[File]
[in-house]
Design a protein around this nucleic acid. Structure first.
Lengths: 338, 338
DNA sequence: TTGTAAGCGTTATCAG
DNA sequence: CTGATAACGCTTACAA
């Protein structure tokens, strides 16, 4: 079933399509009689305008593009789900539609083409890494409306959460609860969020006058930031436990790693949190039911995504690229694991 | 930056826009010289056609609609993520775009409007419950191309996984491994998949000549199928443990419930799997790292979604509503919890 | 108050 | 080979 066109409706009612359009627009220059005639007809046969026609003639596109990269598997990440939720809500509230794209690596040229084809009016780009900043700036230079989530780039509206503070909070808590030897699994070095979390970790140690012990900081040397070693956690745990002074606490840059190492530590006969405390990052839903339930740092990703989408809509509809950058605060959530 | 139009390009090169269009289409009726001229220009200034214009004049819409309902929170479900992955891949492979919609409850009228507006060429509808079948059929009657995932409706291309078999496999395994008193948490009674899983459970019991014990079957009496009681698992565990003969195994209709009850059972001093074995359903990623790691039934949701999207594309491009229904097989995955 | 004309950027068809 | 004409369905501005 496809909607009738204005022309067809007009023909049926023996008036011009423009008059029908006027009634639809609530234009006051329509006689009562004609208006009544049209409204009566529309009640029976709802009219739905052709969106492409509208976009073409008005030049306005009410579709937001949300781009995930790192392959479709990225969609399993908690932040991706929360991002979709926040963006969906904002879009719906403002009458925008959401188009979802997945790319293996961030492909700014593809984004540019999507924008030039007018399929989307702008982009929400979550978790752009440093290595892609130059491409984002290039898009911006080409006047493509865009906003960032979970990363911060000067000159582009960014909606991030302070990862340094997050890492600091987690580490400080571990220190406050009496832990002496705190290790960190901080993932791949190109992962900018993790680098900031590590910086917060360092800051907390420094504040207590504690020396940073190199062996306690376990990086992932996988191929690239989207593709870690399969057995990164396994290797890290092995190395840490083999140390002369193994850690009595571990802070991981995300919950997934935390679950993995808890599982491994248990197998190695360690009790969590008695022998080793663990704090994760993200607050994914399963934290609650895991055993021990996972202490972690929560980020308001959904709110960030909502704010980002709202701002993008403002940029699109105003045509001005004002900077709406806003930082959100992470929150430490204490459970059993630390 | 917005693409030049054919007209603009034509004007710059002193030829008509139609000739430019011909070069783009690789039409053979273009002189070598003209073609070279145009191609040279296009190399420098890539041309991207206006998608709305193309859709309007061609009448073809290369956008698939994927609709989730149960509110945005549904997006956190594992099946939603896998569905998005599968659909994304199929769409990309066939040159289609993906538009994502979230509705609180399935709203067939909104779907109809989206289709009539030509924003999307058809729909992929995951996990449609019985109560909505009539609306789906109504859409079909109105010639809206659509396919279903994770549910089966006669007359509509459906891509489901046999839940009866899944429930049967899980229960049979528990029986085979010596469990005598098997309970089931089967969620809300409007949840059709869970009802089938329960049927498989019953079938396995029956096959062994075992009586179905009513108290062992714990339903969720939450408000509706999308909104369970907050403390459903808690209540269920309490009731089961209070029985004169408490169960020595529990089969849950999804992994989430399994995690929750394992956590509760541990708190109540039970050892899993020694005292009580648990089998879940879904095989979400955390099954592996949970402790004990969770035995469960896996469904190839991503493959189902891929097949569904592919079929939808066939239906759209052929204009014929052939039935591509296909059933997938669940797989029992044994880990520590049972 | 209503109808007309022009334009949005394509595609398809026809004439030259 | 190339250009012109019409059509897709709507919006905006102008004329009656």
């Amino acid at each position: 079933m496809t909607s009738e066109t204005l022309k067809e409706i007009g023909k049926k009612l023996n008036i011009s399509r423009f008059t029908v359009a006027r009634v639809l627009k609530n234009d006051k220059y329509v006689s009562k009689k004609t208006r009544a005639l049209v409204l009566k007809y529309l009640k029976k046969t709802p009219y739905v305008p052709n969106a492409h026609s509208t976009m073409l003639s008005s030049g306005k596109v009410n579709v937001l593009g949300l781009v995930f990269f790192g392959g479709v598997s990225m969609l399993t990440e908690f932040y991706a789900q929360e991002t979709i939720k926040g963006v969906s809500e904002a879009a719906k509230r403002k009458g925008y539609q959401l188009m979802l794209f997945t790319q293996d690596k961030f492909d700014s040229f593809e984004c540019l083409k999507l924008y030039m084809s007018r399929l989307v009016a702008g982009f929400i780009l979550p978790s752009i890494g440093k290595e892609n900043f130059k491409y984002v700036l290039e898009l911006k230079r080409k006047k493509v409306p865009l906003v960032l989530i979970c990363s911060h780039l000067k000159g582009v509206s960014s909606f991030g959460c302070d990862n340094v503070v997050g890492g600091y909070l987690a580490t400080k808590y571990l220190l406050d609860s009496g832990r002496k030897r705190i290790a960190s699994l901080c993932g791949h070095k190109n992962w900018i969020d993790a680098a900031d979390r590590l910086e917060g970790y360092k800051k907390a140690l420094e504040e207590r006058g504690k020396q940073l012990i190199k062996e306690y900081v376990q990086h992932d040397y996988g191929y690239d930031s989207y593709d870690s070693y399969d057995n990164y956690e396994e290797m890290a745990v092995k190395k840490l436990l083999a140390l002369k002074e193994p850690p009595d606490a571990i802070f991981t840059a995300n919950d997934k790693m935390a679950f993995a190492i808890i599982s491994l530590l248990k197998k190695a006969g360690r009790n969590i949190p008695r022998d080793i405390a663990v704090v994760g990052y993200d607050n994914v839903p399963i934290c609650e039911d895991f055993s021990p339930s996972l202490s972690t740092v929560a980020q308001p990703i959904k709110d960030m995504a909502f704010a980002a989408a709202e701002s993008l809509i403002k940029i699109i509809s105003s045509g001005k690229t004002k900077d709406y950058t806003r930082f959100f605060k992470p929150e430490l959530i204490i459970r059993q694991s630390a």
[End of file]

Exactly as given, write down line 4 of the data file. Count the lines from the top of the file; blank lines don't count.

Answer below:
DNA sequence: TTGTAAGCGTTATCAG